Election Day brought about a shift in Nevada politics. For the first time in 20 years, Nevada will have a Democratic governor. There will also be a democratic majority in both houses of the Nevada Legislature. This will likely have a significant effect on the 2019 Legislative Session, which begins February 4, 2019.

Minimum Wage

During the 2017 Legislative Session, there were several bills introduced to raise Nevada’s minimum wage. All bills failed—either because they didn’t make it out of the legislature or were vetoed by Governor Sandoval. Nevertheless, everyone was expecting minimum wage to come up again in 2019. With the election of Steve Sisolak as Nevada’s next governor, we could be looking at a very different outcome this legislative session.

Paid Sick Leave

Following the lead of several other western states, Nevada considered whether to implement paid sick leave for certain employers during the 2017 Legislative Session. This measure passed the legislature but was vetoed by Governor Sandoval. With a democratic majority in the legislature and a democratic governor, we should expect some form of paid sick leave to make into law this legislative session.

Protections for Employees

During the 2017 Legislative Session, we saw the passage of the Nevada Pregnant Workers’ Fairness Act, leave for victims of domestic violence, and accommodations for nursing mothers. All of these measures, which were signed into law by Governor Sandoval, provided additional state law employee benefits and/or protections. Employers should expect to see bills introduced that provide additional employment-related protections to employees during the upcoming session.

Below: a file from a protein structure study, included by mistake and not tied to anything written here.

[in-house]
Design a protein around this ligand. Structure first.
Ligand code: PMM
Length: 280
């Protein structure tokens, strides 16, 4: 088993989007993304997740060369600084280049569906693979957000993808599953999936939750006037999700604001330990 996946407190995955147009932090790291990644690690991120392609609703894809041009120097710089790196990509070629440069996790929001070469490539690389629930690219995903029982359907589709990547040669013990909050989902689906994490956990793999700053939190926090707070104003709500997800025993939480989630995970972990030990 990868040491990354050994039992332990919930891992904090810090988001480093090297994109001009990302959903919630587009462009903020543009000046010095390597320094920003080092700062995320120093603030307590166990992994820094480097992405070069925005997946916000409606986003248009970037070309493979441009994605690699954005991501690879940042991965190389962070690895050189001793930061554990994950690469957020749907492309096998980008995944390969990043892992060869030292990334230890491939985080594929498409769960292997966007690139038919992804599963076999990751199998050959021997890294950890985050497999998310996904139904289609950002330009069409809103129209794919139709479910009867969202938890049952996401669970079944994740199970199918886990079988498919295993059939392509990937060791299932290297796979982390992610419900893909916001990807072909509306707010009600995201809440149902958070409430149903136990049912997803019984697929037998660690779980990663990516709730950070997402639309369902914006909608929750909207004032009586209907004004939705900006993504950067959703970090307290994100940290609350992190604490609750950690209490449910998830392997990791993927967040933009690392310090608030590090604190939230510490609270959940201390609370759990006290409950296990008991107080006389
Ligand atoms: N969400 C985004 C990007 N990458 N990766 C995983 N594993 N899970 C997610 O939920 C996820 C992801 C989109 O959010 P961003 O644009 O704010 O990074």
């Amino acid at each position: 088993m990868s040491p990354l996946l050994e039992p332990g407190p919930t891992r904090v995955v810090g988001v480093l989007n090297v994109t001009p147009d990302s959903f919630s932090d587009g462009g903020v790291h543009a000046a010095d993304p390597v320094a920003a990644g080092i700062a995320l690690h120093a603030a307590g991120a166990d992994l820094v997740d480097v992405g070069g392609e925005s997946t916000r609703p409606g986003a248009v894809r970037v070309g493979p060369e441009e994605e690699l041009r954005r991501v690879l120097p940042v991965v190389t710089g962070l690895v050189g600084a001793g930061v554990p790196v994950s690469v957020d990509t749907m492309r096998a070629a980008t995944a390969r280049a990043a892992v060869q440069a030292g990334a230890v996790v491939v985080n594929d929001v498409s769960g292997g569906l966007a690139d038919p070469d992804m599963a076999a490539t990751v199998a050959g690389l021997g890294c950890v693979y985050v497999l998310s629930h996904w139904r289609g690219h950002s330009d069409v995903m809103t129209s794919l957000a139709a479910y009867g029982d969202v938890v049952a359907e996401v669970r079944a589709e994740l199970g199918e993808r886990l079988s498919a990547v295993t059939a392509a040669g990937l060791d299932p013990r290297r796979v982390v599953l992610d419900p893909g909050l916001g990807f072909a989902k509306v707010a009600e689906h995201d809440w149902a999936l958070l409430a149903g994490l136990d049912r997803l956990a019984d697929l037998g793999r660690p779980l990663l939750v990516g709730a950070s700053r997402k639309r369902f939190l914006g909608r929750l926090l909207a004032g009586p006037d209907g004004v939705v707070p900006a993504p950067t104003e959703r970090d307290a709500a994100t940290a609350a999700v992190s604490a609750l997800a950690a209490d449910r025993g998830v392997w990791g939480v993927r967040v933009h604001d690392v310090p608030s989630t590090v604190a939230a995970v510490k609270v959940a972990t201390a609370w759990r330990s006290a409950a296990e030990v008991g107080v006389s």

Ban the Box

Nevada implemented “ban the box” for public employers in 2017—thereby banning public employers from inquiring about criminal history prior to the final in-person interview or there has been a conditional offer of employment. We have been advising employers to expect this requirement to apply to private employment at some point in the future. Based on the midterm election results, this may get implemented on private employers sooner than previously anticipated.

NAE will continue to follow the latest developments at the state capital to keep members up-to-date on matters that affect Nevada business. We monitor legislative process and regulatory decisions so you don’t have to. Nevada businesses trust that they are getting the latest information on their rights and obligations as employers from NAE because it’s what we do.

Want to be proactive? Join NAE for Preview: 2019 Legislative Session on Friday, January 18, 2019. Our distinguished presenters will provide a preview of the upcoming legislative session so you can be better prepared for what may be coming in 2019 and beyond.